History

Digging the original pond at Sunnybank nature reserveDigging the original pond at Sunnybank nature reserve, photo courtesy of Roger Butterfield

The Trust was born on 17th April 1985, when a small group of ecological enthusiasts formed themselves into the Sheffield City Wildlife Group.

Under the leadership of Mike Wild (a lecturer at Sheffield City Polytechnic), the Group's first success was to persuade the City Council to allow them to develop a 'show-piece urban nature park' at Sunnybank – a tiny (0.8 ha.) site off Ecclesall Road near the city centre. Everything was done by volunteers, including many from the local Council flats, who appreciated a green space on their doorstep.

Other early projects included development of the Five Weirs Walk along the River Don, and the nature reserve at Blackburn Meadows (a former sewage works). A regular Newsletter kept members informed of plans and helped raise awareness of the potential biodiversity value of open green spaces in the urban environment. Membership was still very small (under 100).

However, in 1987 the scale of the Group's operations shifted up a notch, with a grant of £12,000 from the Nature Conservation Council to conduct an Inner City Habitat Survey. In the same year, the Group won a bid to the Government's Community Programme which enabled it to employ paid staff for the first time, training 21 unemployed people for NVQs in wildlife management issues. Welcome national recognition came in 1989 when the Project took first prize in the annual UK2000 Award for the best environmental project in Britain - out of 130 entries from all round the country. The judges were particularly impressed by the Project’s record - over 60% of trainees had found permanent employment.

In 1991 the first full time Director (Ros Stokes) was appointed, and the Group became a fully-fledged Wildlife Trust affiliated to the Royal Society of Wildlife Trusts. In 1997 Rob Stoneman became Director, and under his leadership the Trust's scale of operations increased dramatically, through participation in urban regeneration schemes funded by the Single Regeneration Budget.
Whereas in 1996/7 the Trust's income was £122,000, by 2003/4 it had risen to £2.68 million, with a payroll of 93 fte employees.

The size of the senior staff team was increased in 1998 when Nigel Doar was appointed Head of Conservation, and within a couple of years he had persuaded the City Council to lease eleven nature reserves to the Trust (including Wyming Brook and Blackamoor – two sites of Special Scientific Interest), and had successfully bid for a grant of a million pounds from the Heritage Lottery Fund to manage them in a style favourable to wildlife. Nigel Doar became the Trust's third Director in 2001. In that same year a fine new HQ was purchased - an ecologically refurbished listed building (a former church hall), surrounded by a wildlife garden with a pond.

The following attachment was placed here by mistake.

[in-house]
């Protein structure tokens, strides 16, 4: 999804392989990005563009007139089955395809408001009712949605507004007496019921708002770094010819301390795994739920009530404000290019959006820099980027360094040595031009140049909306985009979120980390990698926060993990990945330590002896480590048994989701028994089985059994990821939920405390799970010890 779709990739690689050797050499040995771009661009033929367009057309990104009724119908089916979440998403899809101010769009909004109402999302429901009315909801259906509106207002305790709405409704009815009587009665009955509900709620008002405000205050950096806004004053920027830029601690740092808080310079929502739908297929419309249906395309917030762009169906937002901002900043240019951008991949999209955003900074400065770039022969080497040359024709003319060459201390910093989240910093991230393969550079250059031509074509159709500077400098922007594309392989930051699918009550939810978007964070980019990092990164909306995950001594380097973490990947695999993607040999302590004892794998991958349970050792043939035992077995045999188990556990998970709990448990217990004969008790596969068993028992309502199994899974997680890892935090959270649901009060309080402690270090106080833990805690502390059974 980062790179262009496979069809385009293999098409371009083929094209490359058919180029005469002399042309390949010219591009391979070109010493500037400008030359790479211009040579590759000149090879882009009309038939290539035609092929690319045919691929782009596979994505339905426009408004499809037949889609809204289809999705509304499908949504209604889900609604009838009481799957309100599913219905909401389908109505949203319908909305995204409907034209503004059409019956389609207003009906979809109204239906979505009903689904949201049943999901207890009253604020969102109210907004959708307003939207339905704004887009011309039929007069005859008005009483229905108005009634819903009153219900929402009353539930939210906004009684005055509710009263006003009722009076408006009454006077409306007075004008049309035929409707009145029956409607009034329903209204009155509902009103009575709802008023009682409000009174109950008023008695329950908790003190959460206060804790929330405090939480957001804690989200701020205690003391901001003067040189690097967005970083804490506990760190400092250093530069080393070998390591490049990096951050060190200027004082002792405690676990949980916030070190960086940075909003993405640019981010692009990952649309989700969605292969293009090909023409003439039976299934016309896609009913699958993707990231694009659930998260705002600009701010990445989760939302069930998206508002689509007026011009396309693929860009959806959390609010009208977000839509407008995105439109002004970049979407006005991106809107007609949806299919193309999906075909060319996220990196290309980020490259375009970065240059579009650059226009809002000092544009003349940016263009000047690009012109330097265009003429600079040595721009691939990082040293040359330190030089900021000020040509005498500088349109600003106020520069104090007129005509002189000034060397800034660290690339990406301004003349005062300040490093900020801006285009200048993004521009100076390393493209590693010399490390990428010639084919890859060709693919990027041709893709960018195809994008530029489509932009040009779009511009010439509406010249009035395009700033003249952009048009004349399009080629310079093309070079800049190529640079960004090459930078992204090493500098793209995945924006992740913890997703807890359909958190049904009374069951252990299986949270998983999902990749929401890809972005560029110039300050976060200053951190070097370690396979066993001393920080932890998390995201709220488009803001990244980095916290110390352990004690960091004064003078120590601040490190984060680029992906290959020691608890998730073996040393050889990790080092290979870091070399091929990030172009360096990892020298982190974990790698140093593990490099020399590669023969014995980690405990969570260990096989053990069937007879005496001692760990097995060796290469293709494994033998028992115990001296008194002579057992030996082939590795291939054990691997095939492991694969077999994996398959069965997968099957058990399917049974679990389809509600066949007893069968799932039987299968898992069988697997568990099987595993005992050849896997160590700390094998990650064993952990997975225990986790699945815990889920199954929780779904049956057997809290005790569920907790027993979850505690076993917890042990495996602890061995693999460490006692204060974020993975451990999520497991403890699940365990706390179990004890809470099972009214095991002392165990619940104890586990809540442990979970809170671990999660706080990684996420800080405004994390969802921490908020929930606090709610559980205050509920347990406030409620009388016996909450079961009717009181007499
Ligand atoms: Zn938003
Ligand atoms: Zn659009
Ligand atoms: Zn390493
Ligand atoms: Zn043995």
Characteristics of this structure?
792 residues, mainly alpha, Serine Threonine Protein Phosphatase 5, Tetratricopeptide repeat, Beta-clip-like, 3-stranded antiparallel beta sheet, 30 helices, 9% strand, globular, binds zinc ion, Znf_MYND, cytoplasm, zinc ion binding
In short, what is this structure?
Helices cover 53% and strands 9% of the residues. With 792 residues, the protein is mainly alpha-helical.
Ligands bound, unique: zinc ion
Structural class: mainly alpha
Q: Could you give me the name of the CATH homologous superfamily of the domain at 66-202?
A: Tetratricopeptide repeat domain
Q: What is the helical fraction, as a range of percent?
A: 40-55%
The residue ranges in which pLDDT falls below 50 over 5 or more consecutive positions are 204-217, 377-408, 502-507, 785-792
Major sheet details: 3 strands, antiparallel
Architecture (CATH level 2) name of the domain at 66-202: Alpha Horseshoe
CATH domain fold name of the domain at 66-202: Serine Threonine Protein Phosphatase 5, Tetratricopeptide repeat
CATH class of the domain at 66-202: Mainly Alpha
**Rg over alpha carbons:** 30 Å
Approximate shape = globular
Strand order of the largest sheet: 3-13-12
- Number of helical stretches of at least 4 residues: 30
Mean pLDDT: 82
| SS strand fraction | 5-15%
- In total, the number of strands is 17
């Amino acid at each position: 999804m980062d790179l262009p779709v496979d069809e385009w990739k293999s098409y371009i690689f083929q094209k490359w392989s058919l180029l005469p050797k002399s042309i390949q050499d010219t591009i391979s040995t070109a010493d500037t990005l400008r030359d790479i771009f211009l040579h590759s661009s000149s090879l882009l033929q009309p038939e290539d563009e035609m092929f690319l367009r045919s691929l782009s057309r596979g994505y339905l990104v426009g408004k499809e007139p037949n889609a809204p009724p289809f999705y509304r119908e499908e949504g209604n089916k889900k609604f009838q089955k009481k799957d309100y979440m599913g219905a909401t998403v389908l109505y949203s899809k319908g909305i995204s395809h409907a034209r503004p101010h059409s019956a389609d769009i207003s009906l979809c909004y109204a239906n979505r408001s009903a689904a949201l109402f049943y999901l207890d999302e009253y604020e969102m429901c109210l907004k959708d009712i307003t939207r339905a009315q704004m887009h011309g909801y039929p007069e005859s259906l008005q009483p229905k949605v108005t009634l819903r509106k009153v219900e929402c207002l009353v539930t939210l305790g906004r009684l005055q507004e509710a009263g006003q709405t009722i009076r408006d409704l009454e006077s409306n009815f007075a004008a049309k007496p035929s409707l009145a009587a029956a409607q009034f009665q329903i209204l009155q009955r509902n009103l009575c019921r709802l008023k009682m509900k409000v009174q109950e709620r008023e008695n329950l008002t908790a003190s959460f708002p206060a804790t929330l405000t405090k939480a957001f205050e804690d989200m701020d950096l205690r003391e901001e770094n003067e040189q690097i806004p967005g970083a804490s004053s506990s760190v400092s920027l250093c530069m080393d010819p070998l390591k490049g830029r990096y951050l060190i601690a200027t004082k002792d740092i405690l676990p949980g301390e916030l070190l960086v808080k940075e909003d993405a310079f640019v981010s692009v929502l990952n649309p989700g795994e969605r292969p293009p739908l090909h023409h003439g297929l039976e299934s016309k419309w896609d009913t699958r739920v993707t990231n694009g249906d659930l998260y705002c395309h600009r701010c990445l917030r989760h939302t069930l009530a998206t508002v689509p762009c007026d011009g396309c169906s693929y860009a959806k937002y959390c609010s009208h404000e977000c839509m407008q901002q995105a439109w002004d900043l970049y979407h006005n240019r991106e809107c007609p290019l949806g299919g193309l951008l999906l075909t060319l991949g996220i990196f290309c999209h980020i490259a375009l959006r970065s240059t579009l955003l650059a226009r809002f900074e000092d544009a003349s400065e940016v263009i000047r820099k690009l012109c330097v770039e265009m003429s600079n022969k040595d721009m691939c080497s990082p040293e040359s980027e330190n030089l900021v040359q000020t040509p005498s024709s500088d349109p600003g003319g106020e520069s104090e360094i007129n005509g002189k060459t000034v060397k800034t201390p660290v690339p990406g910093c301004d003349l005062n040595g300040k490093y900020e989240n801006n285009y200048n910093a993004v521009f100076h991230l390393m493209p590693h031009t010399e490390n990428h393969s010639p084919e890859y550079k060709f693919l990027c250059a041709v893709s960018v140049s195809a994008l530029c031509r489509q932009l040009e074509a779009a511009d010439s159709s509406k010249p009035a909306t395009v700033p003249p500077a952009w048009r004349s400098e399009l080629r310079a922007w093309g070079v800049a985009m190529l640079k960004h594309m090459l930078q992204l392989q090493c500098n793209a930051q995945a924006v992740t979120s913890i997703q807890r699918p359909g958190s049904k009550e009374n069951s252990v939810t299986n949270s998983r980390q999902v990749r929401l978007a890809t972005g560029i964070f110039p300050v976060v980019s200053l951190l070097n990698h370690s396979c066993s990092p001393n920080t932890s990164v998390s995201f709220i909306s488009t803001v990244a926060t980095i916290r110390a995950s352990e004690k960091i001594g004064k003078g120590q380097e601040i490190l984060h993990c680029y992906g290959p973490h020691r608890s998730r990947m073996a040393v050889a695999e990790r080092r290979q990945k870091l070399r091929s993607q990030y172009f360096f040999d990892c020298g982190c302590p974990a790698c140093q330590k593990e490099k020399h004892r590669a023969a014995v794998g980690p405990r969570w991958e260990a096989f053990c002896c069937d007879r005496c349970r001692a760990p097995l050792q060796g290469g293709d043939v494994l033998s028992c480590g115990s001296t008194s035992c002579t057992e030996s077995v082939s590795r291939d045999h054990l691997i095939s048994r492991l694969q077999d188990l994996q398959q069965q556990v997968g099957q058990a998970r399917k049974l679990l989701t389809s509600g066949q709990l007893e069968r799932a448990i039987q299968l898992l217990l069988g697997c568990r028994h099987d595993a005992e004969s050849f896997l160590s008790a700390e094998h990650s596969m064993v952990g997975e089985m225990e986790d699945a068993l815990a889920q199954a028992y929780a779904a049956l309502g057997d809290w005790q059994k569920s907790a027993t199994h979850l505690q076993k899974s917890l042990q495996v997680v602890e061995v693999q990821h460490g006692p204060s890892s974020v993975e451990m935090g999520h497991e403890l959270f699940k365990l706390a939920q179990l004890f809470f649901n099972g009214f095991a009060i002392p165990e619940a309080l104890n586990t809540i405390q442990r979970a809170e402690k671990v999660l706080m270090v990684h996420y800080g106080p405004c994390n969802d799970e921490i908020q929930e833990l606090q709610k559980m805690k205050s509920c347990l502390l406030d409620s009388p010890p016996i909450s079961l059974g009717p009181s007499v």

The major achievement of the last few years has been to manage the down-sizing necessitated by the reduction in European regeneration funding from 2005. Sufficient alternative funding has been secured so that SWT continues to be Sheffield’s leading environmental charity, with an annual turnover of about £2m. Membership continues to rise (currently just over 5,000 - or 1% of the city’s population). Moreover, commitments have recently been extended beyond the city boundary to neighbouring Rotherham, whose Council invited the Trust in 2008 to undertake the landscaping and maintenance of a major flood alleviation scheme on the River Don at Centenary Riverside, and to take it on as a nature reserve - a scheme which won the Flood Defence category at the UK Waterways Renaissance Awards (2010), and was commended in the Natural Environment category.

The Trust continues to experiment and innovate with new approaches to engaging people with the natural world and securing the resources to make South Yorkshire a more natural place. In 2007 it established a trading subsidiary (WildScapes), and in 2010 it embarked on a campaign to celebrate its 25th anniversary by purchasing more than 400 acres of wildlife-rich and historic woodland – Greno Woods, in north Sheffield. The Trust’s early ambitions are still alive as it tries to secure support for its vision of a Living Landscape from the Peak District in the West to the floodplain of the river Don in the East.

Patrick Vaughan
13 September 2011